Move objects with your mind, become invisible, learn about teleportation, and even meet a robot or two! Science Fiction, Science Future brings the science of the future into the present. Experience hands-on and full-body activities as you discover that teleportation, holograms, and cyborgs are not just science fiction. More>
Researchers — including physical bioscientist David Schaffer — have discovered that a small-molecule drug simultaneously perks up old stem cells in the brains and muscles of mice, a finding that could lead to drug interventions for humans that would make aging tissues throughout the body act young again. More>
Those who commute to and from work around the campus should be aware of additional car and pedestrian traffic created by the various department ceremonies, which continue through May 24. The main commencement event takes place on Saturday, May 16, in Memorial Stadium at 10 a.m. More>
In battling Alzheimer’s, researchers — including Berkeley Lab’s William Jagust — have been limited to a single snapshot of the brain provided by an autopsy. The course and chronology of the damage are still up for grabs. But the ability to peer into the brains of people struggling with Alzheimer’s as well as seniors free of its grip is increasing. More>
A team led by physical bioscientist Daniel Fletcher has developed a new smartphone microscope called CellScope Loa, which uses video to detect and analyze parasitic worm infections in blood. The tool could help fight diseases in remote parts of the world. More>
Rather than trying to quiet the body’s defenses against viruses, physical bioscientist David Schaffer has favored a kind of “intelligent design” approach to modify the virus. Known as directed evolution, the strategy uses genetic engineering to find variations in the virus that will allow it to effectively deliver drugs to target cells. More>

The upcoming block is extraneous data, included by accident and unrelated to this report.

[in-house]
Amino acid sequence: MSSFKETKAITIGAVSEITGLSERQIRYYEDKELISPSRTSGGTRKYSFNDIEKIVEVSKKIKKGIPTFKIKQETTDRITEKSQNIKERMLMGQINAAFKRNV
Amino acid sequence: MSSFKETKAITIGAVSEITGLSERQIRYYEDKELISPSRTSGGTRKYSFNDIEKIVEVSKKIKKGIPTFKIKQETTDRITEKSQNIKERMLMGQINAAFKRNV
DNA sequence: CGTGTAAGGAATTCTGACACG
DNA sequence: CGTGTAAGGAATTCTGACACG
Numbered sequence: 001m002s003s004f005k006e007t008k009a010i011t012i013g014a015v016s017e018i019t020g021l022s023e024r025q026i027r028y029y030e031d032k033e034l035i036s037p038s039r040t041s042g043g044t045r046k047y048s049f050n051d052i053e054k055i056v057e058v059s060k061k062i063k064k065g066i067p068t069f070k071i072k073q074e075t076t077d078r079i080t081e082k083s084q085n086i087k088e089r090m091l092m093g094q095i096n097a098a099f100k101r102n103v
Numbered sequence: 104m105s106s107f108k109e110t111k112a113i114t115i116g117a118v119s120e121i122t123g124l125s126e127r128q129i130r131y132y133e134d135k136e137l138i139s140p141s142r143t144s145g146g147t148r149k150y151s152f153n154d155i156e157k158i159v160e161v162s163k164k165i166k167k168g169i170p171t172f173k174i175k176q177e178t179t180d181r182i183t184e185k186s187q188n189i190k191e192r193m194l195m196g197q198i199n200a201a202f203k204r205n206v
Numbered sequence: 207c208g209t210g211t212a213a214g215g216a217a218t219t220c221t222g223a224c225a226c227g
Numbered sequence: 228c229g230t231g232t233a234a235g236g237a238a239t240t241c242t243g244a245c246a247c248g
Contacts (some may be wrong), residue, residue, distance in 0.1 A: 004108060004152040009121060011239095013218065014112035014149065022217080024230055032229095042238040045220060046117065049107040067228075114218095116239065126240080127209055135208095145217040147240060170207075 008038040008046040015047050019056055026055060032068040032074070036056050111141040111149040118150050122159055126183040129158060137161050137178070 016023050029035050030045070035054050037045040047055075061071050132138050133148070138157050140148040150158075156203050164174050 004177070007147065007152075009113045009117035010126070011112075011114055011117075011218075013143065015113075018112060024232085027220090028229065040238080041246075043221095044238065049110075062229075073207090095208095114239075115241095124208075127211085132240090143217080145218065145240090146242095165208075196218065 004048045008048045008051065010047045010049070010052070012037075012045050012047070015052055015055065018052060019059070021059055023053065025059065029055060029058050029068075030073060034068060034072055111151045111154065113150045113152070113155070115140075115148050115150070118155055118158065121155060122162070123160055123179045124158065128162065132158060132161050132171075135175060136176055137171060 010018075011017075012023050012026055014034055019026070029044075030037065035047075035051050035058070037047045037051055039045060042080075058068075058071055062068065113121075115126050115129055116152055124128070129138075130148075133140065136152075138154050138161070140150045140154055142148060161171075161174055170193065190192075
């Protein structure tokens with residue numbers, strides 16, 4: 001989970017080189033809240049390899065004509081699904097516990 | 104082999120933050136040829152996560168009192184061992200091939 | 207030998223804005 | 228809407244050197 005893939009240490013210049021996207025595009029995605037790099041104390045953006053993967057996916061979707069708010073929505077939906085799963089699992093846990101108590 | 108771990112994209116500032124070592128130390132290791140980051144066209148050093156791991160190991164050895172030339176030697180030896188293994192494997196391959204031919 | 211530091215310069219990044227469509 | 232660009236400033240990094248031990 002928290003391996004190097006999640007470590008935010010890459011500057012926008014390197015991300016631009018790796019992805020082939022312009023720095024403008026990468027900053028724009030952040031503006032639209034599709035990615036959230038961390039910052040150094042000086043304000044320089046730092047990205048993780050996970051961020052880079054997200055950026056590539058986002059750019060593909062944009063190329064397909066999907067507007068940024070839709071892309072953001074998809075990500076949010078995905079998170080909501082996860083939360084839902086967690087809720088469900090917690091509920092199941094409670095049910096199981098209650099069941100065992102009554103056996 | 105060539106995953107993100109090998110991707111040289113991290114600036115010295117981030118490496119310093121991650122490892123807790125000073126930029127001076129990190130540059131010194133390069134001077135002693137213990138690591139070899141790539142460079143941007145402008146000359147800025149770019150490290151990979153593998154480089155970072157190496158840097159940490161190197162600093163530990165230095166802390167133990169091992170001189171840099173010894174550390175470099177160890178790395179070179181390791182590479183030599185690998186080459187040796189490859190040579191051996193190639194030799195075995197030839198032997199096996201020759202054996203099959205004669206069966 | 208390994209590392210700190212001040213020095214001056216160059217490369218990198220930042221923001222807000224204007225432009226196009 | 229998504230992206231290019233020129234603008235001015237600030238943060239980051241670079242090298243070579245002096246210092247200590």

On April 18 JBEI volunteers participated at Cal Day, UC Berkeley’s annual open house. Hosted by UC Berkeley’s Department of Plant & Microbial Biology, JBEI promoted bioenergy topics as well as internships and employment opportunities.
Our lands provide food and resources in addition to acting as a carbon sink, making them one of the most important pieces of the climate change puzzle. The Berkeley Energy & Resources Collaborative is hosting a roundtable on this topic on Friday, April 17, from 10 a.m. to 2 p.m. in downtown Go here for more information and to register.
The campus’s annual open house features 300 lectures (several by Berkeley Lab researchers), demonstrations, tours, performances, and sports activities. More>
A group of 18 scientists — including Berkeley Lab’s Jennifer Doudna — and ethicists warned that a revolutionary new tool to cut and splice DNA should be used cautiously when attempting to fix human genetic disease, and strongly discouraged any attempts at making changes to the human genome that could be passed on to offspring. More>